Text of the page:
The fear was that what was projected on to me was my stranger in action, the stranger in me that I felt needed to be disarmed.  But the only way to disarm what we perceive to be the stranger is to embrace it. In the embracing of it we “take whole”, as my partner Jerry Nagel says in his work on World View, and we once again step into our power and our voice, inviting us into openheartedness in whole new ways.

The journey to open heartedness is not about being exposed in a way that is threatening or harmful.  It is about waking up and opening to the full range of emotional melody that resides within us—the full range, the rich textures of symphony that wants to make itself heard, not just a narrow range of notes played in isolation.  Through the journey to openheartedness, I am learning to live in and with vulnerability—not as weakness but as strength—and I am relying on emotions as a guidance system that is unfailing the more I learn how to use it.” ~ Embracing the Stranger in Me: A Journey to Openheartedness

My emotional guidance system will tell me when I am projecting, when I am being projected on, as I listen to it. It then is also a guide on what aspects of me, of the stranger in me, need to be embraced into wholeness of being.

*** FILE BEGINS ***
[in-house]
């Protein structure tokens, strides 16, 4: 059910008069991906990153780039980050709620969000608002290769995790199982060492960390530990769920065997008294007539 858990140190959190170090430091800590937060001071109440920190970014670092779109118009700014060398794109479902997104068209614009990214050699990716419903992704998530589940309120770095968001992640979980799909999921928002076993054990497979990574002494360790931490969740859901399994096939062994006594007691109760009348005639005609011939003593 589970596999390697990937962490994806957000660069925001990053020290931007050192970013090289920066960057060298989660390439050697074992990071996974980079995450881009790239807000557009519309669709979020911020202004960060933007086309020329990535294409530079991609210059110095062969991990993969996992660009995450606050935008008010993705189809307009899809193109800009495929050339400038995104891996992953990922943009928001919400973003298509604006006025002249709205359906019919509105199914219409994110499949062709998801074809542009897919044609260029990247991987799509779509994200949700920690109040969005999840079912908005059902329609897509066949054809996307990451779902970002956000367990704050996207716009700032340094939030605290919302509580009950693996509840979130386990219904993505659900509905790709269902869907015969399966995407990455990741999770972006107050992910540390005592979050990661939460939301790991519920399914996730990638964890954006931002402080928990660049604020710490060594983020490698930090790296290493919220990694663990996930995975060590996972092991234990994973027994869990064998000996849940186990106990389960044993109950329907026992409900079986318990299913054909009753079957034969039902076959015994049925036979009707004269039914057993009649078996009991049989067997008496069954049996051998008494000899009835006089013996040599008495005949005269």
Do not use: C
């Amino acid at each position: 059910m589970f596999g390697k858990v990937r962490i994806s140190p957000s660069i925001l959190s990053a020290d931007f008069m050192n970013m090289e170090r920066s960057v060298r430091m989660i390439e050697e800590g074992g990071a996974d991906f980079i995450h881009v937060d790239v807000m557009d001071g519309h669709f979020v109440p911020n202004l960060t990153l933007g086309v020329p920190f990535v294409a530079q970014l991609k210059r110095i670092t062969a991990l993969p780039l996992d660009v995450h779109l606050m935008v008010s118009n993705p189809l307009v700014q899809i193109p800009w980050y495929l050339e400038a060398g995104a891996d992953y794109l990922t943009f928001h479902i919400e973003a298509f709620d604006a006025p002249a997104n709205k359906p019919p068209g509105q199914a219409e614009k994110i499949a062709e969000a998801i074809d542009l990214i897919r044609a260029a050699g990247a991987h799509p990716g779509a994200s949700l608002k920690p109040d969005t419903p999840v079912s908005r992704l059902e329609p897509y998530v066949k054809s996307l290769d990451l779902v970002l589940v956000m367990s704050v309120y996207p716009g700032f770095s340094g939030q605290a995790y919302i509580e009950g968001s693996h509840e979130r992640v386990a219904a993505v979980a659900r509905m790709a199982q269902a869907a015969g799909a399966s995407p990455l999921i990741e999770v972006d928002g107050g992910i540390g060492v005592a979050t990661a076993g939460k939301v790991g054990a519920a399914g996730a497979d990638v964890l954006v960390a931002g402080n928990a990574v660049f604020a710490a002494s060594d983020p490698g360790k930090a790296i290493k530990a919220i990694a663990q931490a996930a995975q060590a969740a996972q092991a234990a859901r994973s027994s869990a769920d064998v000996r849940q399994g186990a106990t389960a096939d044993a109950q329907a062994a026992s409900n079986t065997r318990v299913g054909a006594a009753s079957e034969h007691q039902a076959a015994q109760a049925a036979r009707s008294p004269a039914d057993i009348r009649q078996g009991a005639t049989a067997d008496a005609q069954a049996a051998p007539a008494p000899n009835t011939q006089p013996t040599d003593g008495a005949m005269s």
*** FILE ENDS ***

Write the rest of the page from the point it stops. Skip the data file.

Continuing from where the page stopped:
Not Just Cover Design: Sacred Art

Like the book itself, the artwork on the cover of Embracing the Stranger in Me: A Journey to Openheartedenss, has a story of its own to tell.  It is a story of synchronicity and timing, one of flow, one of channeling and of ritual or initiation.  It is the story of two things, each percolating for years, each on their own.  The book, of course.  And the artwork. And not just any artwork – sacred art.  Sacred art for me and for the book.

The genesis of the artwork was a long brewing curiosity and interest in possibly getting a tattoo.  Around 2009, when I felt the birthing of the second half of my life, I began to imagine getting a tattoo.  I didn’t know what image I wanted, nor did I know where on my body I would want to put this image.  At one point, my son’s girlfriend found a fabulous shamanic image of a woman and a power animal – which I bookmarked and then lost when I got a new computer.

When my interest in a tattoo renewed itself, I began searching the internet for images, knowing I wanted a lion as part of the image. Nothing ever emerged that resonated deeply for me or that I wanted to put on my body in permanent ink.  And then, early in 2013, at the same time my book was moving to its publishing phase, a Facebook friend began to blog about her journey to a sacred tattoo and I knew I was supposed to pay attention.

Through this friend, I got in touch with sacred tattoo artist Tania Marie.  The tattoo was to represent the spiritual dimension of my journey so I shared a couple of chapters from the book that reflected this journey as well as other reflections on what I felt the tattoo was to represent.  Tania meditated on me and my journey and began to channel the design.  What she channeled, before even reading what I sent her, was very consistent and resonant with what I shared.